Facts

Fun Facts and Interesting Information from Around the World

streptomycin

Streptomycin was discovered by Dr. Selman A. Waksman (1888–1973), a Ukrainian-born biochemist who immigrated to the United States. Waksman worked as a professor of soil microbiology at Rutgers University in New Jersey from 1918 to 1958. He had studied microorganisms in soil, and after one of his students, R. Dubos, isolated the powerful antibacterial tyrothricin… read more »

Technicolor

With the development of motion pictures [V] and their popularity during the 1910s and 1920s, many experimenters sought to improve the medium with the development of color photography. From 1926 to 1933, three researchers at the Massachusetts Institute of Technology (MIT)—D. F. Comstock, H. T. Kalmus, and W. B. Westcott—worked on perfecting a system that… read more »

Teflon

Teflon, a plastic material technically known by its abbreviation PTFE, for polytetrafluoroethylene, was discovered by a Du Pont chemist, Roy Plunkett, in 1938. The material is an excellent insulator and is extremely slippery, resisting adherence. Applications proliferated after World War II, with the concept of developing nonstick cookware occurring in several locations in about 1952…. read more »

thermonuclear weapons

Thermonuclear weapons or hydrogen bombs were first built in both the United States and the Soviet Union from 1953 to 1955, and a dispute as to which country developed such a weapon first soon ensued, a symptom of the Cold War competition between the two powers. Both the United States and the Soviet Union considered… read more »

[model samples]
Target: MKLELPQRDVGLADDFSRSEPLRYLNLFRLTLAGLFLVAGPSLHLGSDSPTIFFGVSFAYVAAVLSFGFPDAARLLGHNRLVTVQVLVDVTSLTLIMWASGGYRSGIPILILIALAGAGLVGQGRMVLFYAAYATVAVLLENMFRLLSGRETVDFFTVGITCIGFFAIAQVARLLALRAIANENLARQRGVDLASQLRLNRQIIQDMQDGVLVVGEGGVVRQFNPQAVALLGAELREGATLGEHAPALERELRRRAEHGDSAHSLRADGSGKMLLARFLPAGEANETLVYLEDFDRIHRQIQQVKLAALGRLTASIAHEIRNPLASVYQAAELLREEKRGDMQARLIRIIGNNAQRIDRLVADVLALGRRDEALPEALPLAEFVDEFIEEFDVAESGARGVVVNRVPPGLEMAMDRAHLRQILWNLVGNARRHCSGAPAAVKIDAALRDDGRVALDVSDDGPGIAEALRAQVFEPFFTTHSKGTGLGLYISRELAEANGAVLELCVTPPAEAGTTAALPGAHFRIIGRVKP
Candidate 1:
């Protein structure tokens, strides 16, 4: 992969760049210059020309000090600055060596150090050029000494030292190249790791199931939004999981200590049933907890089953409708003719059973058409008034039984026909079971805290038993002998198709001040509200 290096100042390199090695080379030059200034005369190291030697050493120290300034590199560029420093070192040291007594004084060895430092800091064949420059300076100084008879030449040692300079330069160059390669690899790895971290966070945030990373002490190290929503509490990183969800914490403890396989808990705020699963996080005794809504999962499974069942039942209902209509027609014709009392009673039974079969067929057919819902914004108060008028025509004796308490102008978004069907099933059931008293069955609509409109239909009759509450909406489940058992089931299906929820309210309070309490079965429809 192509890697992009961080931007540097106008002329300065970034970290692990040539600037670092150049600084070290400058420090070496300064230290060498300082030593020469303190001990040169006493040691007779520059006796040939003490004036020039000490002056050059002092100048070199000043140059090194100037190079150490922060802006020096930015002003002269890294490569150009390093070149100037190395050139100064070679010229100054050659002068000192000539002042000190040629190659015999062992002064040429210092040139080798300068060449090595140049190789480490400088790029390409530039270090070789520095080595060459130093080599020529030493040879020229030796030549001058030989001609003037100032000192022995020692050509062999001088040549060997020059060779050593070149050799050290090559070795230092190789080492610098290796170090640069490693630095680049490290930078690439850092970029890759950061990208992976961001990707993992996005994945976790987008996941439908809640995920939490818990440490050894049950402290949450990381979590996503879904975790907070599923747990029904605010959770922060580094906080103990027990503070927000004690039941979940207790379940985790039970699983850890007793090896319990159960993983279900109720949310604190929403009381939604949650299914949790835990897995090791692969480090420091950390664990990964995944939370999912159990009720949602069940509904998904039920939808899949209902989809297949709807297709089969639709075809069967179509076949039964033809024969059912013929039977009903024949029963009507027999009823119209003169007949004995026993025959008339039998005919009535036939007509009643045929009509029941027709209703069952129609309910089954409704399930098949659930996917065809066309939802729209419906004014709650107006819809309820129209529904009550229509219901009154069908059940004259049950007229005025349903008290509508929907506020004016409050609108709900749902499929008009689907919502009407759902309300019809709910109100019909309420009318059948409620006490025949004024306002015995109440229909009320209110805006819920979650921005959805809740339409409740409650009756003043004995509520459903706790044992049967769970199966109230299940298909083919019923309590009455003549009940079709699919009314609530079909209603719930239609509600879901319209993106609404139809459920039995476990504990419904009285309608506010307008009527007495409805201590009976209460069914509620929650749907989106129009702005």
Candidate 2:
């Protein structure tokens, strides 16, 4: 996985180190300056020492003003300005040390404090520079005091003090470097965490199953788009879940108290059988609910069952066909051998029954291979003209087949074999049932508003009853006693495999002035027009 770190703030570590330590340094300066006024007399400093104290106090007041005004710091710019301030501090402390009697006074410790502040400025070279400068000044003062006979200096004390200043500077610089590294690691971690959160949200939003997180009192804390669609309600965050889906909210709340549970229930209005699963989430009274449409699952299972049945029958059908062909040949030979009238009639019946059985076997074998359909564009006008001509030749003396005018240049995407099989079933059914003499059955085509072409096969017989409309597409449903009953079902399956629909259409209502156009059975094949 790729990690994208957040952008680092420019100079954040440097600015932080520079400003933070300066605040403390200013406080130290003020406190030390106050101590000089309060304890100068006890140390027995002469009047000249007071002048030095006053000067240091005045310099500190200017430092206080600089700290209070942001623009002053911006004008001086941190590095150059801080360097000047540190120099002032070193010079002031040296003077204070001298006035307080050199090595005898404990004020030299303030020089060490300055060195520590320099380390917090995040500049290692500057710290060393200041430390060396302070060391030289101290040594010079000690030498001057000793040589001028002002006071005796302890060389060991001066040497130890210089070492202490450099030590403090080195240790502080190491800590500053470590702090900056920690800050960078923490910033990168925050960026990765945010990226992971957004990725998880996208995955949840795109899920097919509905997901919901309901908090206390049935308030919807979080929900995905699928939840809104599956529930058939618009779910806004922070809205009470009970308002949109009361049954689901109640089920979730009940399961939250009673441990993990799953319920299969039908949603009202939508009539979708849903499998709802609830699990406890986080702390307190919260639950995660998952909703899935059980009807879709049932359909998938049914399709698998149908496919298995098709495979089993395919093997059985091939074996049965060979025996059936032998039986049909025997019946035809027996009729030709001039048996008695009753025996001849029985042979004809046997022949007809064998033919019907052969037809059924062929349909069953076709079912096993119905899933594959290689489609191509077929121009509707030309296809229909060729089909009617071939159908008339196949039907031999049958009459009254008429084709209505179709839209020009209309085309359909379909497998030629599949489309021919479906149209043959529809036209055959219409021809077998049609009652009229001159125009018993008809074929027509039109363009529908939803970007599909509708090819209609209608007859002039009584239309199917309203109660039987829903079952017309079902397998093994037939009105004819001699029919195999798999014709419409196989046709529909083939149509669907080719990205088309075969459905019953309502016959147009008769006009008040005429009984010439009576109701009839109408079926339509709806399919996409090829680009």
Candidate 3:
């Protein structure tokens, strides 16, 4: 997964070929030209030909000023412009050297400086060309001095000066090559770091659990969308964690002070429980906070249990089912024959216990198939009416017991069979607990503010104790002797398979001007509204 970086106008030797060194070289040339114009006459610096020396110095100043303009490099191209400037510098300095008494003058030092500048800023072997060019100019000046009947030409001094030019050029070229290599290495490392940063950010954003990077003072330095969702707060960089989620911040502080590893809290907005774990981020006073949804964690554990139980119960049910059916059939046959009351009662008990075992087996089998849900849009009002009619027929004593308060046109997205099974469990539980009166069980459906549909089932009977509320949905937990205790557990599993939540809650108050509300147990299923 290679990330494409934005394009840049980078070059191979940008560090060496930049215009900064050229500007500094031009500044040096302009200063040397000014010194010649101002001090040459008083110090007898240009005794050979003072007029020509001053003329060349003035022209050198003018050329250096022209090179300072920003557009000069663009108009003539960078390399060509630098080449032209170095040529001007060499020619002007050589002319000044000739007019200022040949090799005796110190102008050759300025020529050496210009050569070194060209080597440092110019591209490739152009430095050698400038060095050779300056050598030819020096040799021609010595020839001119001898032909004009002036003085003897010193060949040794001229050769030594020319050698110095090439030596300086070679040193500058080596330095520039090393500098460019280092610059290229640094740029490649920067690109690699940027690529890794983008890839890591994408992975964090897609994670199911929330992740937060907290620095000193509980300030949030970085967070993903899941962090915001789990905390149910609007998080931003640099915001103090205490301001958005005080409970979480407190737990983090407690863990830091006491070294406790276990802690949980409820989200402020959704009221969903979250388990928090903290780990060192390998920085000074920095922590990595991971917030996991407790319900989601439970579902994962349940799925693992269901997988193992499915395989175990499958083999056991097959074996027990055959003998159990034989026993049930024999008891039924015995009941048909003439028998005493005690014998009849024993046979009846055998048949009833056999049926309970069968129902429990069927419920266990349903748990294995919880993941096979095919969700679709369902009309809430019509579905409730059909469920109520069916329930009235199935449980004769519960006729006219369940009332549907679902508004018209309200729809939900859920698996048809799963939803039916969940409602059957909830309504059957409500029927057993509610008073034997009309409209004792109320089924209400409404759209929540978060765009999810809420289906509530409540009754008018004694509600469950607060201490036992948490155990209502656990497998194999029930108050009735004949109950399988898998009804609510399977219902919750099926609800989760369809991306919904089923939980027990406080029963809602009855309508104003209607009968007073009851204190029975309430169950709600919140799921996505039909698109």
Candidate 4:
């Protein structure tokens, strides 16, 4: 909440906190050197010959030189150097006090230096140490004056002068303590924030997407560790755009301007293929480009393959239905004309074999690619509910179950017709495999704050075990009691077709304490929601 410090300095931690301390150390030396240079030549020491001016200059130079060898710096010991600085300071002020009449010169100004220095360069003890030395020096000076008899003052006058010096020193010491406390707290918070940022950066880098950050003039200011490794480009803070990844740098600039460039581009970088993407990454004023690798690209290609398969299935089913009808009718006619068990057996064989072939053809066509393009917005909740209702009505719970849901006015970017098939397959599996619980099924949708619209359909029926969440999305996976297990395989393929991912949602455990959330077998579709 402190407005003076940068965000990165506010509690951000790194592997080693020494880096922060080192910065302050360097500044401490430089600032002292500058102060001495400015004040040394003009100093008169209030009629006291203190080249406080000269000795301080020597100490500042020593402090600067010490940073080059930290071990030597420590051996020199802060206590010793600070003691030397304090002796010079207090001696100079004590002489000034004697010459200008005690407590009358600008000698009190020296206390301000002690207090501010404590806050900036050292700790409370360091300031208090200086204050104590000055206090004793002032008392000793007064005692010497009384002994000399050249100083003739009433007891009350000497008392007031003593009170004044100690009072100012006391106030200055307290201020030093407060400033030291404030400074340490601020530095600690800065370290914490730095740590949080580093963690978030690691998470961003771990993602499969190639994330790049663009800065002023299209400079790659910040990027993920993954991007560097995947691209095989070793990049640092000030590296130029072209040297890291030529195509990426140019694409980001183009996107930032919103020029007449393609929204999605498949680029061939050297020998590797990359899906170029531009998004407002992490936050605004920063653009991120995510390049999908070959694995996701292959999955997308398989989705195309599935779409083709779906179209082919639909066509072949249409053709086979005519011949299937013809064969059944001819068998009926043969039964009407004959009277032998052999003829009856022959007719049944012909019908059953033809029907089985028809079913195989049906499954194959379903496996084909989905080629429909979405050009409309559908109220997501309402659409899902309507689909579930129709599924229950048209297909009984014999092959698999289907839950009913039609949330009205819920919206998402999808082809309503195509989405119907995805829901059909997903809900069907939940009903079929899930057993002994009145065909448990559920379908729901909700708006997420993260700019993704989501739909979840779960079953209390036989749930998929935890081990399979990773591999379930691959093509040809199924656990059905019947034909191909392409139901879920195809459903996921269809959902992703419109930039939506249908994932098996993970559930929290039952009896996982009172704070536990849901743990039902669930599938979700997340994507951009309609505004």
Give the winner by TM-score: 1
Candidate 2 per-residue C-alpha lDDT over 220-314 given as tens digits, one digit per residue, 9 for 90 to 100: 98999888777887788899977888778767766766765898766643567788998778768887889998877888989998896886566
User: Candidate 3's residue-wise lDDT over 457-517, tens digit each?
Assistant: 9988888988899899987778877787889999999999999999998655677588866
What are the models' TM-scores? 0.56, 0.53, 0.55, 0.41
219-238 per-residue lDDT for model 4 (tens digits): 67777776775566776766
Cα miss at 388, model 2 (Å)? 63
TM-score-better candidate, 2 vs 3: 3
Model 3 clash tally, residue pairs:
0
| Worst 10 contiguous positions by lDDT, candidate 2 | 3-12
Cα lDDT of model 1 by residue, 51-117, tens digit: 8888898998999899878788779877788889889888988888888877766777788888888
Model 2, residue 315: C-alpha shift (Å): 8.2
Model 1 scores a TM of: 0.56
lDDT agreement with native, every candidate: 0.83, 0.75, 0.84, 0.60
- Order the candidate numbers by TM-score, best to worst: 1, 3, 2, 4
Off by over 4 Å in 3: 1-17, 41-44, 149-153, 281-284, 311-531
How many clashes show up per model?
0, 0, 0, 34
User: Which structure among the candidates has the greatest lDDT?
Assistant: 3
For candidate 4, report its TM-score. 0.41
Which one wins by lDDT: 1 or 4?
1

three-dimensional motion pictures

In the 1950s, the increasing popularity of television caused movie producers to search for new technologies that might lure TV viewers back into theaters. Two of the efforts were three-dimensional motion pictures (3-D) and wide-screen motion pictures. Three-dimensional effects could be achieved in a number of ways. One had been developed as early as 1915,… read more »

transistor

The transistor was invented in 1947 by a team that included William Shockley (1910–1989), Walter H. Brattain (1902–1987), and John Bardeen (1908–1991). In 1956 the three men received the Nobel Prize in physics for the development. Later close study of the invention has tended to minimize the role of Shockley, suggesting that he insisted on… read more »

uranium isotope separation

When the researchers in the Manhattan Project sought to build an atomic or nuclear bomb from 1942 to 1945, they soon recognized that there were two elements that could represent the fissionable core of the weapon. One fissionable material was plutonium,which could be made in nuclear reactors.The second was an isotope [V] of uranium with… read more »

Van Allen belts

In 1958, the American scientist John Van Allen (1914– ) discovered two belts of radiation encircling Earth, now known as Van Allen belts. The belts are shaped like concentric doughnuts, with the doughnut hole over the North and South Poles of the planet. Van Allen, who had earned a doctorate in physics in 1939 from… read more »

laser disc

David Paul Gregg envisioned and patented an optical disc for recording a video record, conceiving the idea in 1958 and receiving patents on the process in 1961 and 1969. He was employed at the time at Westrex Corporation in Hollywood, California. The system he developed was acquired by MCA, which produced the first consumer optical… read more »

Sidebar